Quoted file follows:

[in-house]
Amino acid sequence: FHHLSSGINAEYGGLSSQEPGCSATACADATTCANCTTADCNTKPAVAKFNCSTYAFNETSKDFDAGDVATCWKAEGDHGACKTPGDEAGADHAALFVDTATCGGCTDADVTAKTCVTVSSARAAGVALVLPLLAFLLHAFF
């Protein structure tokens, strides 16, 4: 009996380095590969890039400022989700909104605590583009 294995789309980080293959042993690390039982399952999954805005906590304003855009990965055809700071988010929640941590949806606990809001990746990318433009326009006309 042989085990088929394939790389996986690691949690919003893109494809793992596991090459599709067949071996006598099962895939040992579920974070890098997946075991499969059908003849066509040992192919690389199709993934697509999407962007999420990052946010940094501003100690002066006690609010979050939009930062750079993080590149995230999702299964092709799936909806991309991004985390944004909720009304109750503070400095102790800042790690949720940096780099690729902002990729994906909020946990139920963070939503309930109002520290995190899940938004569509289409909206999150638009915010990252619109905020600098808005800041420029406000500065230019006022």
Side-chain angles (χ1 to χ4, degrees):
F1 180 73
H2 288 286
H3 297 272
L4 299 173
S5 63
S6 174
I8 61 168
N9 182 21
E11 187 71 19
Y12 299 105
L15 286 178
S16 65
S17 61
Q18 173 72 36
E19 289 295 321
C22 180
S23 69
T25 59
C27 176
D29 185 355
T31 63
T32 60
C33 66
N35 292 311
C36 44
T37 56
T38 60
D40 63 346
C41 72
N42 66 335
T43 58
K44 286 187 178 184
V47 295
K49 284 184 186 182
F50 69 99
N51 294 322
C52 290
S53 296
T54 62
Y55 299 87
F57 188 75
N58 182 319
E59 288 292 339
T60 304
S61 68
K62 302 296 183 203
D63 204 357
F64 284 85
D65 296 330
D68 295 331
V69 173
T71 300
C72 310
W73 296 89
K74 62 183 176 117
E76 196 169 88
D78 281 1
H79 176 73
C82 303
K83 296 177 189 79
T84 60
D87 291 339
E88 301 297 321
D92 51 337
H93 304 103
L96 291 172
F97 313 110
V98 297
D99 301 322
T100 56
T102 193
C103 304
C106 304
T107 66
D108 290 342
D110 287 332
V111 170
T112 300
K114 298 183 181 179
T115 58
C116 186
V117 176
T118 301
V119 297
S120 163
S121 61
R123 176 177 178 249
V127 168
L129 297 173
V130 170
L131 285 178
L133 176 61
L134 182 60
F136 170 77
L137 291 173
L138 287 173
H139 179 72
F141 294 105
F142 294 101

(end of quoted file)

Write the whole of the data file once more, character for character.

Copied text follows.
[in-house]
Amino acid sequence: FHHLSSGINAEYGGLSSQEPGCSATACADATTCANCTTADCNTKPAVAKFNCSTYAFNETSKDFDAGDVATCWKAEGDHGACKTPGDEAGADHAALFVDTATCGGCTDADVTAKTCVTVSSARAAGVALVLPLLAFLLHAFF
């Protein structure tokens, strides 16, 4: 009996380095590969890039400022989700909104605590583009 294995789309980080293959042993690390039982399952999954805005906590304003855009990965055809700071988010929640941590949806606990809001990746990318433009326009006309 042989085990088929394939790389996986690691949690919003893109494809793992596991090459599709067949071996006598099962895939040992579920974070890098997946075991499969059908003849066509040992192919690389199709993934697509999407962007999420990052946010940094501003100690002066006690609010979050939009930062750079993080590149995230999702299964092709799936909806991309991004985390944004909720009304109750503070400095102790800042790690949720940096780099690729902002990729994906909020946990139920963070939503309930109002520290995190899940938004569509289409909206999150638009915010990252619109905020600098808005800041420029406000500065230019006022």
Side-chain angles (χ1 to χ4, degrees):
F1 180 73
H2 288 286
H3 297 272
L4 299 173
S5 63
S6 174
I8 61 168
N9 182 21
E11 187 71 19
Y12 299 105
L15 286 178
S16 65
S17 61
Q18 173 72 36
E19 289 295 321
C22 180
S23 69
T25 59
C27 176
D29 185 355
T31 63
T32 60
C33 66
N35 292 311
C36 44
T37 56
T38 60
D40 63 346
C41 72
N42 66 335
T43 58
K44 286 187 178 184
V47 295
K49 284 184 186 182
F50 69 99
N51 294 322
C52 290
S53 296
T54 62
Y55 299 87
F57 188 75
N58 182 319
E59 288 292 339
T60 304
S61 68
K62 302 296 183 203
D63 204 357
F64 284 85
D65 296 330
D68 295 331
V69 173
T71 300
C72 310
W73 296 89
K74 62 183 176 117
E76 196 169 88
D78 281 1
H79 176 73
C82 303
K83 296 177 189 79
T84 60
D87 291 339
E88 301 297 321
D92 51 337
H93 304 103
L96 291 172
F97 313 110
V98 297
D99 301 322
T100 56
T102 193
C103 304
C106 304
T107 66
D108 290 342
D110 287 332
V111 170
T112 300
K114 298 183 181 179
T115 58
C116 186
V117 176
T118 301
V119 297
S120 163
S121 61
R123 176 177 178 249
V127 168
L129 297 173
V130 170
L131 285 178
L133 176 61
L134 182 60
F136 170 77
L137 291 173
L138 287 173
H139 179 72
F141 294 105
F142 294 101